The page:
Will Wi-Fi really wipe out the free press?

After reading the coverage on overground trains and the Tube providing Wi-Fi and the impact it will have on freesheets, I feel this debate that Wi-Fi could threaten the free press is a red herring. Peole don’t choose content because of the platform it’s delivered through. It always comes back to the quality of the content.

City AM, for example, is self-selected by our audience who choose to read it for the content it offers them. Our distribution model also means that readers have a chance to pick up and read us three or four times during their journey to work, so this development is not an issue for us.

It is also worth pointing out that I regularly take the East Coast train from London to Dunbar and the Wi-Fi service is awful. I just spent six hours on a cross-country train that has yet to provide access to Wi-Fi due to “difficulties” in installing it. So there’s a long way to go before it will be effective.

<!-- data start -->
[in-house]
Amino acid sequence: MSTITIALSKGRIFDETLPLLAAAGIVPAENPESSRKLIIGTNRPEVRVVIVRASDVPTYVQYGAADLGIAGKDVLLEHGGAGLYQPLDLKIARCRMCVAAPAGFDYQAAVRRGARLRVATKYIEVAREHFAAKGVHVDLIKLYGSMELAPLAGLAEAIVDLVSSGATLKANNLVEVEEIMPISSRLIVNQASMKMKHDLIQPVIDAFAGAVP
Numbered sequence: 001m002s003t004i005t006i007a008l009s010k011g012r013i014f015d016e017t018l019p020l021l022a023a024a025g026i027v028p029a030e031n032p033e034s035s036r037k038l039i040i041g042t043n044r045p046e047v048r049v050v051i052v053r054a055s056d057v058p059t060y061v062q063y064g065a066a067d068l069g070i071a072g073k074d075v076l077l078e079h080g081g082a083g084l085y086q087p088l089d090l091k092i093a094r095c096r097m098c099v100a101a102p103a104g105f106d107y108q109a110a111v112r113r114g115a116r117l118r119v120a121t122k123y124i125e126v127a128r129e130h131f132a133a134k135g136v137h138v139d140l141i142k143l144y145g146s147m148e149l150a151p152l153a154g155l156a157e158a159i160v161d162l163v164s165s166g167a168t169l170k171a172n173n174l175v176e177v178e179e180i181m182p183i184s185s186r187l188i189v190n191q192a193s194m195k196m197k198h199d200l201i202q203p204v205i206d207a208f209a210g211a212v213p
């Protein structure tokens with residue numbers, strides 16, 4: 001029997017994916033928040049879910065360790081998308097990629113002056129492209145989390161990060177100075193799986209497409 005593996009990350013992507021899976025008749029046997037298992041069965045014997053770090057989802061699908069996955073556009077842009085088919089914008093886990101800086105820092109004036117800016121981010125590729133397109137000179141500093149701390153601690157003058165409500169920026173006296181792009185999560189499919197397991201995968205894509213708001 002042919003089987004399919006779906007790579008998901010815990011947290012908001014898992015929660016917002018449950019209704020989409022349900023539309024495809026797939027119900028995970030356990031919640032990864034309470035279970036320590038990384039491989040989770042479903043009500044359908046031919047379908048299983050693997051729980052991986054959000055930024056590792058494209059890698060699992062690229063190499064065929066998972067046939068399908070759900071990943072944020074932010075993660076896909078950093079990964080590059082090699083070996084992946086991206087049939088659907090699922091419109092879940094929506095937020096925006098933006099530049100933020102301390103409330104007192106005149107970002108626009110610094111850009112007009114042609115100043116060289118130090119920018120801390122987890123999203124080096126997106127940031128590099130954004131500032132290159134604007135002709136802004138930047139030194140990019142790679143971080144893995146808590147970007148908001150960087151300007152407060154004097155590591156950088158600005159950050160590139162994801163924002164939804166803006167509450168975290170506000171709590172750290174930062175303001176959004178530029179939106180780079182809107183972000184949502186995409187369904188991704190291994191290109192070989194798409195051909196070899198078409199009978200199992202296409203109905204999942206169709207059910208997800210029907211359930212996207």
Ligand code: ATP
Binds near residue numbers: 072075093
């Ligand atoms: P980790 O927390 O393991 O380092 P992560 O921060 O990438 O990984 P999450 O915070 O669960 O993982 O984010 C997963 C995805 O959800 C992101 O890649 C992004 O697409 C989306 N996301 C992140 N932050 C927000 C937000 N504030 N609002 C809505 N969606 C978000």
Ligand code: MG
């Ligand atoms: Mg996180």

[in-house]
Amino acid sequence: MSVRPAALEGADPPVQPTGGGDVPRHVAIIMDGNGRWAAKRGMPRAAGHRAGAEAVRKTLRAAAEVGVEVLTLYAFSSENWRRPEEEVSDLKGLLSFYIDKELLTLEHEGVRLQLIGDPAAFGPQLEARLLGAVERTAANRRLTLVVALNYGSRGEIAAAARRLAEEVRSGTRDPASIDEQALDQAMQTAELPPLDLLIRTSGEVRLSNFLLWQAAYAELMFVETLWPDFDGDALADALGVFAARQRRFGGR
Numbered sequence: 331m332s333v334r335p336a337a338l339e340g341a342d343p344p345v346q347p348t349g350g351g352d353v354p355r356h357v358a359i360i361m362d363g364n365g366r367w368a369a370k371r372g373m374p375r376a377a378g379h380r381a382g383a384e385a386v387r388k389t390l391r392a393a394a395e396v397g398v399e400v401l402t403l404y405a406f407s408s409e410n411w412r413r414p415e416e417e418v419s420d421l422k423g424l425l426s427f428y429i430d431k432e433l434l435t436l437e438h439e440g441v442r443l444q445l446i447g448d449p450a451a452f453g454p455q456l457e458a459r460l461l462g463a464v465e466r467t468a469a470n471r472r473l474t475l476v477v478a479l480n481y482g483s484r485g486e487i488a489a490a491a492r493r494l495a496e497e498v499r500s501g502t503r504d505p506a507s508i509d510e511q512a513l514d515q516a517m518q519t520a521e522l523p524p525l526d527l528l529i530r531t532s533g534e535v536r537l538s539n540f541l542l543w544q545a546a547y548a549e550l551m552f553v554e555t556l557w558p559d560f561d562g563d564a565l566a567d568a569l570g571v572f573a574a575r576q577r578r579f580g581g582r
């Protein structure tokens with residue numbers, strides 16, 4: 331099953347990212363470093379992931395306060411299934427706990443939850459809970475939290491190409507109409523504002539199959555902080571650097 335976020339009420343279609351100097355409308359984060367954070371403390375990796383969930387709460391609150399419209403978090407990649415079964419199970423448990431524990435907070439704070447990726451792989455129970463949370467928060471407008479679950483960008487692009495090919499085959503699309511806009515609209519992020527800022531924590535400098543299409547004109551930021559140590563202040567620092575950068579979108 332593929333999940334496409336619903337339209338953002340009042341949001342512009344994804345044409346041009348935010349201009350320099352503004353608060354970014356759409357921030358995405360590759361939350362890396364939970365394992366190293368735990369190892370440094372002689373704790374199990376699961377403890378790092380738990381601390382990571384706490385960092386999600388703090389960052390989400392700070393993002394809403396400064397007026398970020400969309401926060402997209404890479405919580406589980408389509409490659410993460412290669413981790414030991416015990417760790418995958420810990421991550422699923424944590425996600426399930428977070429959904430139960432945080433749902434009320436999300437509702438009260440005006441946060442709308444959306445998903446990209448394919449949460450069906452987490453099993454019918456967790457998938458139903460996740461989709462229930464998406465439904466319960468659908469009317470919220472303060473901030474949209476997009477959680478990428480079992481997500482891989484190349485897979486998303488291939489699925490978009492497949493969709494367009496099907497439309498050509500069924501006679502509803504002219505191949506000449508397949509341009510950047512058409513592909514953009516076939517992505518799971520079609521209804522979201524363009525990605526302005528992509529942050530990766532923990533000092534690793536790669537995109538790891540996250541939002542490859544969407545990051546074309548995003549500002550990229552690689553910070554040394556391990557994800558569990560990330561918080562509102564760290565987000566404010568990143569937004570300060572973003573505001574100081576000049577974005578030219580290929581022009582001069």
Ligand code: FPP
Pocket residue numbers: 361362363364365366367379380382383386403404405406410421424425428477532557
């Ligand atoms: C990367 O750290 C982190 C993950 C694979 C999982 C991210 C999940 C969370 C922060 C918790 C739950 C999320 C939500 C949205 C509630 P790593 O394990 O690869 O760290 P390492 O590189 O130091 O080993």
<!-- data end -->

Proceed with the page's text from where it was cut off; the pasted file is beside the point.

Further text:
But even when it is on both underground and overground trains and running smoothly, you only have to look at airports to get a clear picture of how people will behave – people still read newspapers even though they have had free Wi-Fi for years. Remember that in terms of mobility, there is nothing more mobile than a newspaper.

I suspect these moves are more of a PR move by London mayor Boris Johnson for our international friends.

Lawson Muncaster
Managing director
City AM

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